In the 65 years the current location has been open, bookkeeper Cynthia Stehouwer said, the utility bill has never been a problem.

She heard about the increase and "took it for what it was."

The impact shouldn't be steep for the pharmacy, Stehouwer said, but if it were an increase of more than 25 percent it would start to cut into such items as facility improvements.

"What can you do?" she said. "There's nothing you can do about it. It's not something you can negotiate."

Staff writer Christopher Curry contributed to this report.

Virginia MacKoul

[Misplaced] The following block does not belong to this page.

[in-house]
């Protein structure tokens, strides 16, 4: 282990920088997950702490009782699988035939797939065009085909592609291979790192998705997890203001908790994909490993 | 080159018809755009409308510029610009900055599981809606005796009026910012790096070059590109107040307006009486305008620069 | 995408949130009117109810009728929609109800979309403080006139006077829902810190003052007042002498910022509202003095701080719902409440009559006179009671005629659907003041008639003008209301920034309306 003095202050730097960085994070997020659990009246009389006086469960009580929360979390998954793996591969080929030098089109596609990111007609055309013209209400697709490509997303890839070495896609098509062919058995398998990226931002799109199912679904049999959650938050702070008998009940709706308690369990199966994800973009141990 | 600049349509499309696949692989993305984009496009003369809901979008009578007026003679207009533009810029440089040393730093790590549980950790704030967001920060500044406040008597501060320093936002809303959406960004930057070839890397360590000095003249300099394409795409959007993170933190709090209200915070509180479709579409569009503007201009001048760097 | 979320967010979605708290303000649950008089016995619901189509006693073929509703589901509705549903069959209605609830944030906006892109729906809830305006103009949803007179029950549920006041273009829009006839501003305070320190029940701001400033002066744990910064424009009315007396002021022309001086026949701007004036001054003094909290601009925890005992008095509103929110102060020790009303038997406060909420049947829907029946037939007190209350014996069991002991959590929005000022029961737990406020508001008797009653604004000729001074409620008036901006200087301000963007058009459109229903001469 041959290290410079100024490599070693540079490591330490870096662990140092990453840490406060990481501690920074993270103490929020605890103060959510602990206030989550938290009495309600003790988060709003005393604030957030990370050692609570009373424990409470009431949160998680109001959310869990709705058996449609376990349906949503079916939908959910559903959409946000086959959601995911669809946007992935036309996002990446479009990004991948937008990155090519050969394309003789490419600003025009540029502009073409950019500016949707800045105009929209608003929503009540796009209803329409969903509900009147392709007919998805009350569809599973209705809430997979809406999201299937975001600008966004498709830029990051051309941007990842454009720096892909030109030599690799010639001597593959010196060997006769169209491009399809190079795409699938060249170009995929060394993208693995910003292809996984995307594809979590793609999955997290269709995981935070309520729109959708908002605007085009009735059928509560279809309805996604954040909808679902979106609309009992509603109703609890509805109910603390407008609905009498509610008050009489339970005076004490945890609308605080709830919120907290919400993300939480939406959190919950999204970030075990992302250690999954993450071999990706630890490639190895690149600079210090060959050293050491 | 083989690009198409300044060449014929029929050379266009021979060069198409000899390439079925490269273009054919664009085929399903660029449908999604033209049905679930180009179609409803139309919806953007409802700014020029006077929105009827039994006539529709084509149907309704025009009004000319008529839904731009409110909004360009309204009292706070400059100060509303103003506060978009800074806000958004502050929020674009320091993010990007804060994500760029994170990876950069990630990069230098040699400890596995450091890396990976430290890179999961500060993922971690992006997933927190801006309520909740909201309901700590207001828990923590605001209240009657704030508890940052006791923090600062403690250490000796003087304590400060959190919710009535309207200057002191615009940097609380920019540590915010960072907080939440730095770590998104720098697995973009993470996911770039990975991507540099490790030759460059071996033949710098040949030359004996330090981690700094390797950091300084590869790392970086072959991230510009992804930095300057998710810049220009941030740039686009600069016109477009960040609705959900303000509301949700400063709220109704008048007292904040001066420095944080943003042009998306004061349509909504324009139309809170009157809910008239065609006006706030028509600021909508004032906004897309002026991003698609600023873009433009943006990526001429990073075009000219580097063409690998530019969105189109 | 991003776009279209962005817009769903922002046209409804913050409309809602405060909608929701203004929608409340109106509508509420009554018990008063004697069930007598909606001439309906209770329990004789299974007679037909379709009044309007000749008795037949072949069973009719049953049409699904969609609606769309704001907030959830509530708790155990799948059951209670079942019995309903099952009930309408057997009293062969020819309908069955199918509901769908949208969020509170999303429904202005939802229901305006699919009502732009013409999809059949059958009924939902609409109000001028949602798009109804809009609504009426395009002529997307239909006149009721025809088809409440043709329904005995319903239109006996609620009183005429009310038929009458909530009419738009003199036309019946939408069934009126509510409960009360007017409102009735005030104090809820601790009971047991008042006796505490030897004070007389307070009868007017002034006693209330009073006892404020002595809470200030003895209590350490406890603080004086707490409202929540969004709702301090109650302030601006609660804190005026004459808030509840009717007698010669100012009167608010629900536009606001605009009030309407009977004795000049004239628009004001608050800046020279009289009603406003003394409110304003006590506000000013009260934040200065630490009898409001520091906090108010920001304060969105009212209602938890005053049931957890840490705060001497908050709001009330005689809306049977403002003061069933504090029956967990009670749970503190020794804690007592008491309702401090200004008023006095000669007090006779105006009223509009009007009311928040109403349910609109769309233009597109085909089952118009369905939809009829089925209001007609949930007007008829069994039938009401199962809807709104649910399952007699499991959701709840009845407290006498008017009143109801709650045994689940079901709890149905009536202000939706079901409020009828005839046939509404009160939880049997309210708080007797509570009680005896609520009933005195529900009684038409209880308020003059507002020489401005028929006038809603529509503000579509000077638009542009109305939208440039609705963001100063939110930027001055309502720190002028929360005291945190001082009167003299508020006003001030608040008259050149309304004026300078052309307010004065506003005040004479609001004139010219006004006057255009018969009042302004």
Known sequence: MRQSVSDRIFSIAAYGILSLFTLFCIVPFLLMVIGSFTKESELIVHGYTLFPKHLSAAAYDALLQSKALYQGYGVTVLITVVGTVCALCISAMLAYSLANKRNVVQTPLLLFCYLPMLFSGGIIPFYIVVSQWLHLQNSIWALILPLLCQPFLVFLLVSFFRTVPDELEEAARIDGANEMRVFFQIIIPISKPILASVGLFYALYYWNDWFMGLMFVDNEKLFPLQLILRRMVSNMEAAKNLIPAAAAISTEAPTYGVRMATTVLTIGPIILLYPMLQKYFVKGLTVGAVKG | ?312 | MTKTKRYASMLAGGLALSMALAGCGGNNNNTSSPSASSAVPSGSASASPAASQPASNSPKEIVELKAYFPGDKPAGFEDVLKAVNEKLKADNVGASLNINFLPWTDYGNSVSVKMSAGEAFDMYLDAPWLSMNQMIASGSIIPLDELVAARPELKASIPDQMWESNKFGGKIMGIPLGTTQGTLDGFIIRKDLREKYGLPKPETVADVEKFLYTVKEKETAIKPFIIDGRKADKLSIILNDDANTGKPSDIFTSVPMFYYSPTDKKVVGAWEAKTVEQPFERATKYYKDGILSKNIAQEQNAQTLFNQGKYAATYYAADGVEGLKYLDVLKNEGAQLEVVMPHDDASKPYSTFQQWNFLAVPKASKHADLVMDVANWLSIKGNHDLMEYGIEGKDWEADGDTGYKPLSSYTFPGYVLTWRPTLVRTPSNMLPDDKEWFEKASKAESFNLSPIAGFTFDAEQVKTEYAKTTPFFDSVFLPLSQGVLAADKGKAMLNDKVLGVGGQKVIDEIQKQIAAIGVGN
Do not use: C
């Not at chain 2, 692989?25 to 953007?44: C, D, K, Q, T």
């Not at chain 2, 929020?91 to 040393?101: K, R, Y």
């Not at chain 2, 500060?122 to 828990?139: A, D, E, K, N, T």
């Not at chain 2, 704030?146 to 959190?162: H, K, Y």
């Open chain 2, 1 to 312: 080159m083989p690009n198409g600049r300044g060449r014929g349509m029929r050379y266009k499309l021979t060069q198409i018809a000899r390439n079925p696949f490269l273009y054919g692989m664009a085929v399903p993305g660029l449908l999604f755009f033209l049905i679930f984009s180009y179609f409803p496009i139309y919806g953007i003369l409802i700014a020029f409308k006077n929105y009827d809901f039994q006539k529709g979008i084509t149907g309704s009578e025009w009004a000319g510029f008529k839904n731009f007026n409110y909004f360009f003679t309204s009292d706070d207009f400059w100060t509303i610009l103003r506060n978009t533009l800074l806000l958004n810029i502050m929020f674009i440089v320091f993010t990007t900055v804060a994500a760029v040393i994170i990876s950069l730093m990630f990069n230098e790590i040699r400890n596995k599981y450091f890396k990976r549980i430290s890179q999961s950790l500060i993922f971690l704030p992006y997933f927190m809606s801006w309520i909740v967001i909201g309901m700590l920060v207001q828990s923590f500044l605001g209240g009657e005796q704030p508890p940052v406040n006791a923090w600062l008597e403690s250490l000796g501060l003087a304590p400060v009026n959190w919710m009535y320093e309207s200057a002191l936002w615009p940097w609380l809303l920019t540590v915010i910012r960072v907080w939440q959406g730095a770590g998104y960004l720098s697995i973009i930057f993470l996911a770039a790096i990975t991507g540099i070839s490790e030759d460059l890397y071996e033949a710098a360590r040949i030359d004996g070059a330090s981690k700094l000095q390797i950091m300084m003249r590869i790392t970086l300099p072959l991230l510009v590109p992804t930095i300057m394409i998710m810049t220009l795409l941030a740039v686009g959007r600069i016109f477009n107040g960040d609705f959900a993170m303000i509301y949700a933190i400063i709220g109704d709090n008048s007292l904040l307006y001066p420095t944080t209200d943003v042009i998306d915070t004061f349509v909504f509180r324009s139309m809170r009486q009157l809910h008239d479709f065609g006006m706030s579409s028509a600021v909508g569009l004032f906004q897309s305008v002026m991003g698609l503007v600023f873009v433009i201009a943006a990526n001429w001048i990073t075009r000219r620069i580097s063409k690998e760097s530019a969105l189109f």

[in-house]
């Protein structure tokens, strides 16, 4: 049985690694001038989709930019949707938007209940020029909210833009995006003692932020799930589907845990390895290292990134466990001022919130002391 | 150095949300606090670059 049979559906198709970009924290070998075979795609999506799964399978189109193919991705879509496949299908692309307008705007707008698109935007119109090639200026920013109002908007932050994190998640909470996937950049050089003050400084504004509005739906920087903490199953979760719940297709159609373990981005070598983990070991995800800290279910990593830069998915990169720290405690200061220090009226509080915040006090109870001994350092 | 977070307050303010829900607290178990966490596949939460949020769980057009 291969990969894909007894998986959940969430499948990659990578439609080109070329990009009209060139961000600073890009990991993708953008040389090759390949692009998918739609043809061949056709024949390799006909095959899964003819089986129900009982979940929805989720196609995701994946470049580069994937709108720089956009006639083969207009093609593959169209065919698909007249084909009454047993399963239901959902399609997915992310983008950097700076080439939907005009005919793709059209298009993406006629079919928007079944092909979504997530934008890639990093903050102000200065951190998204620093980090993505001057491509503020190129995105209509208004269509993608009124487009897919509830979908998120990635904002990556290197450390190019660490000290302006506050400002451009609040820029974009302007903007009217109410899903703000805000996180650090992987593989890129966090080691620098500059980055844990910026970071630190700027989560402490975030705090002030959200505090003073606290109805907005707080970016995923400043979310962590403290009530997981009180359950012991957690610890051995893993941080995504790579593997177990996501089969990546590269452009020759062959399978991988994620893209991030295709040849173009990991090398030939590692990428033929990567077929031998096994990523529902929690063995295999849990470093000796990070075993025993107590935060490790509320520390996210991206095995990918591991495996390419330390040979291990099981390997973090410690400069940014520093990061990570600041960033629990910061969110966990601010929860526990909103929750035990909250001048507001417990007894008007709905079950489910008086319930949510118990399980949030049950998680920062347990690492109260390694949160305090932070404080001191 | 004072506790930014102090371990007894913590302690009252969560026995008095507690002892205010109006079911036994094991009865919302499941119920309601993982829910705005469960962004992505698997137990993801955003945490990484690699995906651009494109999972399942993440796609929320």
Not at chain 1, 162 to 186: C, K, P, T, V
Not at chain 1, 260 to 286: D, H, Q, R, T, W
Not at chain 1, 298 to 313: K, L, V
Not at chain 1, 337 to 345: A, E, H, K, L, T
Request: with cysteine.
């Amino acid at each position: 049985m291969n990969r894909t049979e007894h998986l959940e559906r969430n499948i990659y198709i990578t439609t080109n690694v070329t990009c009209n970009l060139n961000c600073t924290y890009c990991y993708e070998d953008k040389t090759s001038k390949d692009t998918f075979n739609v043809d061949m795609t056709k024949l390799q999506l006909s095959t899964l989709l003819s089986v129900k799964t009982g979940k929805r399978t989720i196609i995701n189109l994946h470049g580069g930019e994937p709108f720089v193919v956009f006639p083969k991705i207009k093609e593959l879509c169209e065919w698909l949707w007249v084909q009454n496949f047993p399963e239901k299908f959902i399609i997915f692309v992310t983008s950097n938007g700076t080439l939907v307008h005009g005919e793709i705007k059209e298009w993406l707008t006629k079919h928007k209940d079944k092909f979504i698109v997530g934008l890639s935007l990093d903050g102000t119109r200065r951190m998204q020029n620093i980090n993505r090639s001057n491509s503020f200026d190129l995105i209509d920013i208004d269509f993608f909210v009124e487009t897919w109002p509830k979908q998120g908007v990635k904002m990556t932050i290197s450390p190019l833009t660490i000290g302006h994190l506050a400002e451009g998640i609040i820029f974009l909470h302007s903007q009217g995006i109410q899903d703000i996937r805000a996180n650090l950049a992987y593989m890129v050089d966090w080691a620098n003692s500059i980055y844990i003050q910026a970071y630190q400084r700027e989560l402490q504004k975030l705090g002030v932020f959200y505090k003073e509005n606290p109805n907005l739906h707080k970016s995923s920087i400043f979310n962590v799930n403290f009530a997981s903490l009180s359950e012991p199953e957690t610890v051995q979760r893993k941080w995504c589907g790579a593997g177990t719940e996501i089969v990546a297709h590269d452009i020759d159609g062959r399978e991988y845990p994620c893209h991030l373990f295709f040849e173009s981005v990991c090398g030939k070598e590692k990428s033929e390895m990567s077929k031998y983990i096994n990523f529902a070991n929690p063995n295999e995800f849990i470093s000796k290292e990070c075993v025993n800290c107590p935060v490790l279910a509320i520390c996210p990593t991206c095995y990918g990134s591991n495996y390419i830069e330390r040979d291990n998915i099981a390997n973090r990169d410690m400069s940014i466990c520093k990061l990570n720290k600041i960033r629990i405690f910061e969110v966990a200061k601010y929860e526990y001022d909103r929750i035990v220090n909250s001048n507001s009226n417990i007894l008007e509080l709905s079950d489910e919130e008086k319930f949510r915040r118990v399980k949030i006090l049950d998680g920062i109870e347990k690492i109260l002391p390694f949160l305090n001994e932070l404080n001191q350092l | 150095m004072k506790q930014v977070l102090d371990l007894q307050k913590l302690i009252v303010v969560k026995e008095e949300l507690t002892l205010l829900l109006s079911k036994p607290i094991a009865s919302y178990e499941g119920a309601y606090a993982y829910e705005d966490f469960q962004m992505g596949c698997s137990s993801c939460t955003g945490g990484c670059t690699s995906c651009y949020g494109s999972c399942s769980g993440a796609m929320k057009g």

Virginia is a graduate from the University of Florida's College of Design Construction and Planning with a degree in Sustainability and the Built Environment, and a minor in Urban Regional Planning. Virginia joined the Front Street team in 2011, as an intern. Upon graduation, Virginia joined the Front Street team full-time as the Director of Client Services. Ms. MacKoul’s addition furthers Front Street’s continued growth and expansion within Gainesville and other North Central Florida markets. She was promoted to Director of Marketing in 2014 and now manages the firm’s team of interns and oversees all marketing and branding activity. Virginia was born in Boston and moved to Lee County, Florida in 1997. Virginia graduated her high school's International Baccalaureate program and started at the University of Florida with a focus on Architecture. Virginia shares Front Street's passion of giving back to the community and those in need. Virginia's hobbies include photography, cooking, football, movies, music, and spending time with her dog, Brinkley.